PARIS (AP) — Celebrity couple Kate Mara and Jamie Bell hit Paris Fashion Week on Wednesday at the star-studded H&M catwalk show, alongside attendees actress Emma Roberts and singer Ciara.
Fashion-wise, the first major day of ready-to-wear shows saw spectators thrust from the 60s futurism of Courreges to the eclectic styles of John Galliano — as Belgian master Dries Van Noten got indulgent. Here are the highlights of the fall-winter 2016 collections:
COURREGES TOWS THE LINE
It was the sophomore outing for the revamped house of Andre Courreges — the influential French designer who gained global fame in the 1960s for his streamlined aesthetic and futurism.
As with any revival, the new designers Sebastien Meyer and Arnaud Vaillant face a big challenge and must make the 55-year-old brand relevant for today's buyers while not losing sight of the original codes.
Sure enough, sportswear and utilitarianism provided the contemporary feel throughout Wednesday's collection — in sneakers with big white laces, sporty stripe detailing, skin-tight body suits as well as big winter coats with studs, zippers and large pockets.
But the Courreges DNA pieces abounded in the mix, effortlessly.
Black and white 60s check featured on an on-trend menswear coat with large proportions, and the Courreges style of playing with then-cutting edge technologies was also seen in quilted sheen sections of fabric.
Perhaps Courreges' biggest claim to fame was (co-)inventing the miniskirt.
But the nod to this in what was a youthful-feeling collection was far from nostalgic. Miniskirt designs hit the runway in fresh, myriad styles — sheens, PVC, blocks of color, and even in suede.
H&M ATTRACTS THE STARS
In a Balmain for H&M dark tuxedo jacket, Mara chicly rocked the front row for the high-street label's boho and 70-infused fall-winter show, held inside the ornate former Parisian stock exchange.
"In general, I would say I'm a mix between masculine and feminine," she told The Associated Press beside the large blossoming tree-decor used for the show.
The 33-year-old actress acknowledged that the stylish look, with complemented her new pixie-style haircut, was a contrast to how she prefers to dress normally.
"I like to dress on a daily basis very casually and I don't usually wear heels or anything like that. I'm usually in some sort of hoodie and jeans... It depends on what movie I'm making, as that kind of changes my mind set on how I want to feel."
The "Fantastic Four" star said she was taking a break from movies for now.
GALLIANO'S MAISON MARGIELA FLAIR
The back-in-favor John Galliano showcased his latest collection for Maison Margiela, the house that transformed quirkiness into a global mission statement. Galliano's divergent and unpredictable styles, contrasting fabrics and colors, and East-meets-West aesthetics featured on the runway — as they have in previous seasons.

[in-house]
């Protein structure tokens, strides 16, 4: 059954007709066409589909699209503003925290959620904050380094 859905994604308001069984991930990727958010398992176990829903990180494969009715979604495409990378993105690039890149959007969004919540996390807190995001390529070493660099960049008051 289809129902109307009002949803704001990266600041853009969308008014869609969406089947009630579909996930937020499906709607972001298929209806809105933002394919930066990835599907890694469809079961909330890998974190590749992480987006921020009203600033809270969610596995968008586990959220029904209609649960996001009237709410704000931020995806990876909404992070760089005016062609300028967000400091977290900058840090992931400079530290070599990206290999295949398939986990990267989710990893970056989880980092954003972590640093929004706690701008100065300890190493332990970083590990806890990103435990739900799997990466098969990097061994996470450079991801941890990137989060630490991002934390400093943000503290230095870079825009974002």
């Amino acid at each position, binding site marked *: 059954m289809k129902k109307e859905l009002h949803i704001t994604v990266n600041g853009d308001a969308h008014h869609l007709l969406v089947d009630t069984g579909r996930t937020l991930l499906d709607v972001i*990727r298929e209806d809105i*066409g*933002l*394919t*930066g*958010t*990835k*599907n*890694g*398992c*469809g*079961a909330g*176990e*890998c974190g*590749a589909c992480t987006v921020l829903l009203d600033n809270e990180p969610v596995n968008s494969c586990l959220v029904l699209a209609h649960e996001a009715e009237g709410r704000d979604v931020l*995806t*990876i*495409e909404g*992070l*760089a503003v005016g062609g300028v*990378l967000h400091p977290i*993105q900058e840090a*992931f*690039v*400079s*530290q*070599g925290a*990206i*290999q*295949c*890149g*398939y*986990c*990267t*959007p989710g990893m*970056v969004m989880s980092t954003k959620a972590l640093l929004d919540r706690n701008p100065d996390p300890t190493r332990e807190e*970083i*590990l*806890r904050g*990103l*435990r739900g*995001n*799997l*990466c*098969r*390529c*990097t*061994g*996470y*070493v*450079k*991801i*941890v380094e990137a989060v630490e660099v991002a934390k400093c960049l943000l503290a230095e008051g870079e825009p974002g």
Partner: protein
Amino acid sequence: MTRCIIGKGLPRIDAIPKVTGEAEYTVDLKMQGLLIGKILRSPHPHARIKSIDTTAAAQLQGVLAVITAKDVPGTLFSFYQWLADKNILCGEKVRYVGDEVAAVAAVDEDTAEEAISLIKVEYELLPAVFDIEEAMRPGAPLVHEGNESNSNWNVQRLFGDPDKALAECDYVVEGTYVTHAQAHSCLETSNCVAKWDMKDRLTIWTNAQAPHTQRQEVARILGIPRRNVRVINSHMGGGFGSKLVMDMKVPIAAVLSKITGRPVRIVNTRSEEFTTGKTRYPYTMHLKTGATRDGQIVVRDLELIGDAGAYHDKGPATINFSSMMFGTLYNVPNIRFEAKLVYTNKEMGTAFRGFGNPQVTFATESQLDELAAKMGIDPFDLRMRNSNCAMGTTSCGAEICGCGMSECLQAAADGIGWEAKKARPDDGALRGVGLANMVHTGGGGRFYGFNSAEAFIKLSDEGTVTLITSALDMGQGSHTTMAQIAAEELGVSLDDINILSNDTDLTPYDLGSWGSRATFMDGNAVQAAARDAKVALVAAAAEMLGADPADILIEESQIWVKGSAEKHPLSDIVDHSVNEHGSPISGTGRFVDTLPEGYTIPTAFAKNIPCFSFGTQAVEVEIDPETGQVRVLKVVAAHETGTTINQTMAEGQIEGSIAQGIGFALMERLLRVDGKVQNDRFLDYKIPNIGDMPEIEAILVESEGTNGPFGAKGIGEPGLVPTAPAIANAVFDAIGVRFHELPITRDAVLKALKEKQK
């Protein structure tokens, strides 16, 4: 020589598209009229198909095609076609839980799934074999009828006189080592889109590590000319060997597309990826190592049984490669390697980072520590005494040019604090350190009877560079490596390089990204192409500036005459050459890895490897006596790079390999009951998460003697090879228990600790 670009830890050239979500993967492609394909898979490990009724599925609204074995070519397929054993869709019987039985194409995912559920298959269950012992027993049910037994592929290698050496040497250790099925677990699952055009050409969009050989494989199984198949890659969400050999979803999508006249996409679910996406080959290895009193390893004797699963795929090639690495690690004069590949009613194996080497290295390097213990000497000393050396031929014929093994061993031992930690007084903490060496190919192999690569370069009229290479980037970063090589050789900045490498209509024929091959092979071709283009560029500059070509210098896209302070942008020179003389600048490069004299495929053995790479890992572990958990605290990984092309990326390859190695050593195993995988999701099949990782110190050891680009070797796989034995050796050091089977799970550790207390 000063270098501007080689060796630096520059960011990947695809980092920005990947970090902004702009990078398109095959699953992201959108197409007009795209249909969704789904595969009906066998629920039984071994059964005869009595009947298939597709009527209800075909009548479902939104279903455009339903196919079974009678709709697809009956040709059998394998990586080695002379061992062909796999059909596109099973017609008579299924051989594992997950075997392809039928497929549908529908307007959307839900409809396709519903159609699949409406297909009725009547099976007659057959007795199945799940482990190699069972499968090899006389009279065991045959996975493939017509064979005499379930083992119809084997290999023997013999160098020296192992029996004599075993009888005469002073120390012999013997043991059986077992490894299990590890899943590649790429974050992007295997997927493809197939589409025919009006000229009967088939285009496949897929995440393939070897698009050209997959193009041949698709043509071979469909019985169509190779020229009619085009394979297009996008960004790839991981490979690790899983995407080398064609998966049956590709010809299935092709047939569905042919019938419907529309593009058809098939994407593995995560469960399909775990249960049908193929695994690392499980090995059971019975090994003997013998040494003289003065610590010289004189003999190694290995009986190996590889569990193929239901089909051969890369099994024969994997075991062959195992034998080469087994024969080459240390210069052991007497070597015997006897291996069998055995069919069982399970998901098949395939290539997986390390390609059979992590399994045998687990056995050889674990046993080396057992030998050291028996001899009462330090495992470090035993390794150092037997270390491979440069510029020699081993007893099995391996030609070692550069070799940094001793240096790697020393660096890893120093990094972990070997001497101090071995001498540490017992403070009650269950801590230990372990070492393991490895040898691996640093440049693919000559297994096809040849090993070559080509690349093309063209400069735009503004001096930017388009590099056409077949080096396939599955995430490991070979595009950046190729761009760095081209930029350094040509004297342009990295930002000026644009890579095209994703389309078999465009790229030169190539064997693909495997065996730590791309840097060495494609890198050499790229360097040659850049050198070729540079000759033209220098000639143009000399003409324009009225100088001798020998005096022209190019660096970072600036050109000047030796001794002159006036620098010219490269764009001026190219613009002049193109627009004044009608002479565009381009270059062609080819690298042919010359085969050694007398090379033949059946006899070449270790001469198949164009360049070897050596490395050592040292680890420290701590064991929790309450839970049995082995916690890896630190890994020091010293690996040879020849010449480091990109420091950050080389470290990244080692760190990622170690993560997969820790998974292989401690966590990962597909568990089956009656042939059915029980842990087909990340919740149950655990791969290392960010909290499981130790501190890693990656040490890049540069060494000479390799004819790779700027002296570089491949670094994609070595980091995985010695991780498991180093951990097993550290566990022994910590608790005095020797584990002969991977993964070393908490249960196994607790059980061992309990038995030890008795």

Call it the expected-unexpected. But what lifts the fashion musing, time after time, is Galliano's painterly flair. A stiff, silk foulard was worn diagonally round the neck with ruffles that evoked a fleeting brushstroke. Kimono sleeves and check were set of with a razor-cut Asian-looking bob wig. And a conventional-enough '80s tuxedo power jacket with large lapels in green spawned unexpected giant organic sleeves.
DRIES VAN NOTEN INDULGES
Belgian "intellectual" designer, and one of the famed "Antwerp Six," Van Noten showcased a brooding and indulgently rich show, floodlit with romantic beam lighting Wednesday.
Plush velvet leopard print pants opened the collection alongside a faux leopard fur cape coat — with an embellished choker scarf defining the aesthetic. And richness continued in the thick decadent layering, oversized baggy pants and coats, and in the use of sumptuous fabrics — silk jacquards, (faux-)fur, club jacket wools, as well as hand-knit pure cashmere.
Slicked back androgynous hair ticked Van Noten's sexual fluidity box (as did a menswear double-breasted jacket) that the program notes nicely described as "fused gender."
As is common with Van Noten, long loose coats and oversize sweaters ensured that bodies of the models were practically invisible behind the clothes. It came as a nice contrast in body-beautiful Paris ready-to-wear from the talented designer who follows his own rules.
Ninety-four-year-old fashion icon Iris Apfel — famed for her unconventional styles — applauded from the front row.
Thomas Adamson can be followed at http://Twitter.com/ThomasAdamsonAP